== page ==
An Inequality with Central Binomials

Source

An Inequality with Central Binomials, source

Problem

Prove that for integer $n\ge 1,$

$\displaystyle \sqrt{2}\le\sqrt[n(n+1)]{{2\choose 1}{4\choose 2}\cdots{2k\choose k}\cdots{2n\choose n}}\lt 2.$

Solution 1

Let

$\begin{align} a&=2\cdot 4\cdot 6\cdot\ldots\cdot (2k)=(2k)!!\\ b&=1\cdot 3\cdot 5\cdot\ldots\cdot (2k-1)=(2k-1)!!\\ c&=1\cdot 2\cdot 3\cdot\ldots\cdot k=k! \end{align}$

Clearly, $a\gt b\gt c,$ implying $a^2\gt ab\gt ac,$ meaning

$2^{k}\cdot (k!)^2\le (2k)!\gt 2^{2k}(k!)^2,$

or, $\displaystyle 2^{k}\lt \frac{(2k)!}{(k!)^2}\le 2^{2k}.$ Taking the product,

$\displaystyle \begin{align} 2^{1+2+\ldots+n}\le{2\choose 1}{4\choose 2}\cdots{2k\choose k}\cdots{2n\choose n}\lt 2^{2(1+2+\ldots+n)} \end{align}$

which is equivalent to the required inequality. For $n=1,$ $\sqrt{2}=\sqrt{2}\lt 2.$

Solution 2

We prove that $2^k\le {2k\choose k} \lt 2^{2k}.$ Indeed, for the left inequality,

$\displaystyle {2k\choose k}=\sum_{i=0}^k{k\choose i}^2\ge\sum_{i=0}^k{k\choose i}=2^k.$

And, obviously, $\displaystyle {2k\choose k}\lt\sum_{i=0}^{2k}{2k\choose i}=2^{2k}.$ Taking the product we obtain the required inequality,

$\displaystyle \prod_{k=1}^{n}2^k\le\prod_{k=1}^{n}{2k\choose k}\le\prod_{k=1}^{n}2^{2k}$

where on the left, equality is attained for $n=1.$

Solution 3

For the left inequality,

$\displaystyle\begin{align} {2n\choose n}&=\frac{2n\cdot (2n-1)\cdot (2n-2)\cdot\ldots\cdot (n+2)\cdot (n+1)}{n\cdot (n-1)\cdot (n-2)\cdot\ldots\cdot 2\cdot 1}\\ &=\frac{2n}{n}\cdot\frac{2n-1}{n-1}\cdot\frac{2n-2}{n-2}\cdot\ldots\cdot\frac{n+2}{2}\cdot\frac{n+1}{1}\\ &\ge \underbrace{2\cdot 2\cdot 2\cdot \ldots\cdot 2\cdot 2}_{n\text{ times}}=2^n. \end{align}$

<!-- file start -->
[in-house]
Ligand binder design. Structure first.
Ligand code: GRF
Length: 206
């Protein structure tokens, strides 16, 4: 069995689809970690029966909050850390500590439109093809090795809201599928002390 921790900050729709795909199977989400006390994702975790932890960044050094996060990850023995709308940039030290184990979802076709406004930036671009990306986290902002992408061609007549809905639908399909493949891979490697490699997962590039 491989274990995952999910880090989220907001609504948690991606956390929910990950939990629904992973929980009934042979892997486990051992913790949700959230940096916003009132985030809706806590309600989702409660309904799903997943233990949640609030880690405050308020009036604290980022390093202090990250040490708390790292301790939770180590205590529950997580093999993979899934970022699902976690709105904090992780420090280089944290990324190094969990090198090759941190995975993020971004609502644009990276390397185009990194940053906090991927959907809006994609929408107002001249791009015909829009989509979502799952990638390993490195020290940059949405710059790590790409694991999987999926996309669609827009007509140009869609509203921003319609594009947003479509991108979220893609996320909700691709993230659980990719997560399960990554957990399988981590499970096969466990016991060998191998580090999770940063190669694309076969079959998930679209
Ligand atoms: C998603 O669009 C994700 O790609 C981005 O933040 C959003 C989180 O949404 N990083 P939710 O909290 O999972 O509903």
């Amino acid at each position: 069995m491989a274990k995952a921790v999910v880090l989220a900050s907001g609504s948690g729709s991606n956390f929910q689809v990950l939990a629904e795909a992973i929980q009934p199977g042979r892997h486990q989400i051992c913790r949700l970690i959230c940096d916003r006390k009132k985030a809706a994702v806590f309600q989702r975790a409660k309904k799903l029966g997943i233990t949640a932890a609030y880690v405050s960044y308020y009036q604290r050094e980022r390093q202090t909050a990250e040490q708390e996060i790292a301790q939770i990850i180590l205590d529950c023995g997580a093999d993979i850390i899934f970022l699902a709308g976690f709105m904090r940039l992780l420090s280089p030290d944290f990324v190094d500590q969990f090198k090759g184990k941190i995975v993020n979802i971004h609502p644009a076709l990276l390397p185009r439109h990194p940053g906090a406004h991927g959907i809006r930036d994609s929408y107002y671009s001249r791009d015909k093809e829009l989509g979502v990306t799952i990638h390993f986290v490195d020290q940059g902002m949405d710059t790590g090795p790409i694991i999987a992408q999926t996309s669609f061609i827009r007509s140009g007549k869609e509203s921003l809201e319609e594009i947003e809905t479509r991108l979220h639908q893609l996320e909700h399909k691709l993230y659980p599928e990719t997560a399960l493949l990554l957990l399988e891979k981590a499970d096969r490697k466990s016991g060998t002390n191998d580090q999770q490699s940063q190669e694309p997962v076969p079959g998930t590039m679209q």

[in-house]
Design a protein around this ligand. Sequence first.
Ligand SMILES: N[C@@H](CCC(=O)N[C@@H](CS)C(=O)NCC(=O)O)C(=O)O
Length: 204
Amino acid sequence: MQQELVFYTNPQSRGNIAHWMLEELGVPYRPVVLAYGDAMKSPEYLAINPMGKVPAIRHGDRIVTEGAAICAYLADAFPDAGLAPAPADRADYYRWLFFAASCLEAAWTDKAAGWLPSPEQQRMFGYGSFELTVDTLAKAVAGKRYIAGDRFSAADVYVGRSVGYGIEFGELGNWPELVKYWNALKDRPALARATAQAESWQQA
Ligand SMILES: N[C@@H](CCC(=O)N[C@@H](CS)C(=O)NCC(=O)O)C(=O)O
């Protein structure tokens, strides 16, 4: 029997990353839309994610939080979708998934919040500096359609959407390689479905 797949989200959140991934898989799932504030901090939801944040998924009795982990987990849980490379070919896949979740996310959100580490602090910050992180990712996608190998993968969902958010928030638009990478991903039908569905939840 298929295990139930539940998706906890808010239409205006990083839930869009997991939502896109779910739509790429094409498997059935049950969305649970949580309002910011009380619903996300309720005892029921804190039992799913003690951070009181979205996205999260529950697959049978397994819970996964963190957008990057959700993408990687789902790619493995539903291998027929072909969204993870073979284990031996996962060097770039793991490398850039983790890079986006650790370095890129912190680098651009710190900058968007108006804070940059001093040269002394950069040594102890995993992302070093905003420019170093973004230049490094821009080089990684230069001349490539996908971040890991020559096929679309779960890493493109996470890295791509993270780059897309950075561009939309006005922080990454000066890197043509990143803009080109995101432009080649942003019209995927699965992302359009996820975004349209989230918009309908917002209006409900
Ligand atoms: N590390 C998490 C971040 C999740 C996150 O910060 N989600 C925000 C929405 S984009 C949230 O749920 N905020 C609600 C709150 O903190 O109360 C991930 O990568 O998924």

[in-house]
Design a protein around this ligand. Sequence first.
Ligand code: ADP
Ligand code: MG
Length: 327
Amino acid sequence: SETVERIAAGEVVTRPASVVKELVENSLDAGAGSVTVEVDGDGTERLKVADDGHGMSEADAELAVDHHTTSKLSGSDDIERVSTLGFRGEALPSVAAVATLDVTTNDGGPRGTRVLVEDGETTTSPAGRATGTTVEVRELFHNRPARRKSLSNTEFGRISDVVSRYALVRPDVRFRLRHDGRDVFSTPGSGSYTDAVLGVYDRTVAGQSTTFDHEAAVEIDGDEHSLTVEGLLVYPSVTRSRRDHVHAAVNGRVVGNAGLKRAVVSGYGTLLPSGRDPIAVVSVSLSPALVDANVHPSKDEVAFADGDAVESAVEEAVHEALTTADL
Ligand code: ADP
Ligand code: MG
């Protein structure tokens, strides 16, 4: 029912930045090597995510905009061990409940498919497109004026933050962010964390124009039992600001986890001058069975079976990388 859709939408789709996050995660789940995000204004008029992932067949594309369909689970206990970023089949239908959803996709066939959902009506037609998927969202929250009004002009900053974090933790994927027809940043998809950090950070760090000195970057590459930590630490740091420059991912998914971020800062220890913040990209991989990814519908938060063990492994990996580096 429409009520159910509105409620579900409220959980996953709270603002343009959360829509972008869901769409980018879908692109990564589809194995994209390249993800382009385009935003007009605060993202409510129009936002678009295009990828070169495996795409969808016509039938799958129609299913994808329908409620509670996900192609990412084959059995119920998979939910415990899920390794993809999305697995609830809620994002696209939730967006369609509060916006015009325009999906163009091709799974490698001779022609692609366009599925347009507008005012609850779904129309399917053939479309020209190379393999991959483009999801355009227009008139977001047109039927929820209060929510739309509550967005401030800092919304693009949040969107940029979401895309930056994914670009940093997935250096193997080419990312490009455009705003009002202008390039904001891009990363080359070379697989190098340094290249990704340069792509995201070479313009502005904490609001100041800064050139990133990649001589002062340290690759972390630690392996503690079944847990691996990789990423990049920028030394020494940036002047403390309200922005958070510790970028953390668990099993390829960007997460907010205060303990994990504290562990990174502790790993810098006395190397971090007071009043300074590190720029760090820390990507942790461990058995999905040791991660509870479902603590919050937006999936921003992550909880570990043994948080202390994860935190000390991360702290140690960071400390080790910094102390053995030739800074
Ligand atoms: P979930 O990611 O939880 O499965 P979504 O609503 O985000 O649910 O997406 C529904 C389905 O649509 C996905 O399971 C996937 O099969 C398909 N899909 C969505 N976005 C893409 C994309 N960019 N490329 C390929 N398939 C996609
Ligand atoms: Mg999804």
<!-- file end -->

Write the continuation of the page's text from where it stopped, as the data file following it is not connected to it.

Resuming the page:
The right-hand side is estimated via the binomial formula as in Solution 2.

Solution 4

We prove by induction that $\displaystyle 2^k\le{2k\choose k}\lt 2^{2k}.$ Indeed, for $k=1,$ we have $2\le 2\lt 4.$ Further,

$\displaystyle {2(n+1)\choose n+1}=\frac{(2n+2)(2n+1)}{(n+1)^2}{2n\choose n}=\frac{2(2n+1)}{(n+1)}{2n\choose n}.$

But $\displaystyle 2\le \frac{2(2n+1)}{(n+1)}\lt 4.$

Remark

A lower bound for the central binomial coefficient $\displaystyle {2n\choose n}$ is $\displaystyle \frac{4^n}{\sqrt{4n}}$ and so the limit should follow from Stirling's approximation. That it strictly increases to $2$ should follow by induction.

Acknowledgment

The problem has been kindly posted by Dorin Marghidanu at the CutTheKnotMath facebook page, along with Solutions 1. Leo Giugiuc commented with Solution 2. Solution 3 is by Christopher D. Long; Solution 4 is by Sam Walters. Remark is due to Christopher D. Long.

 

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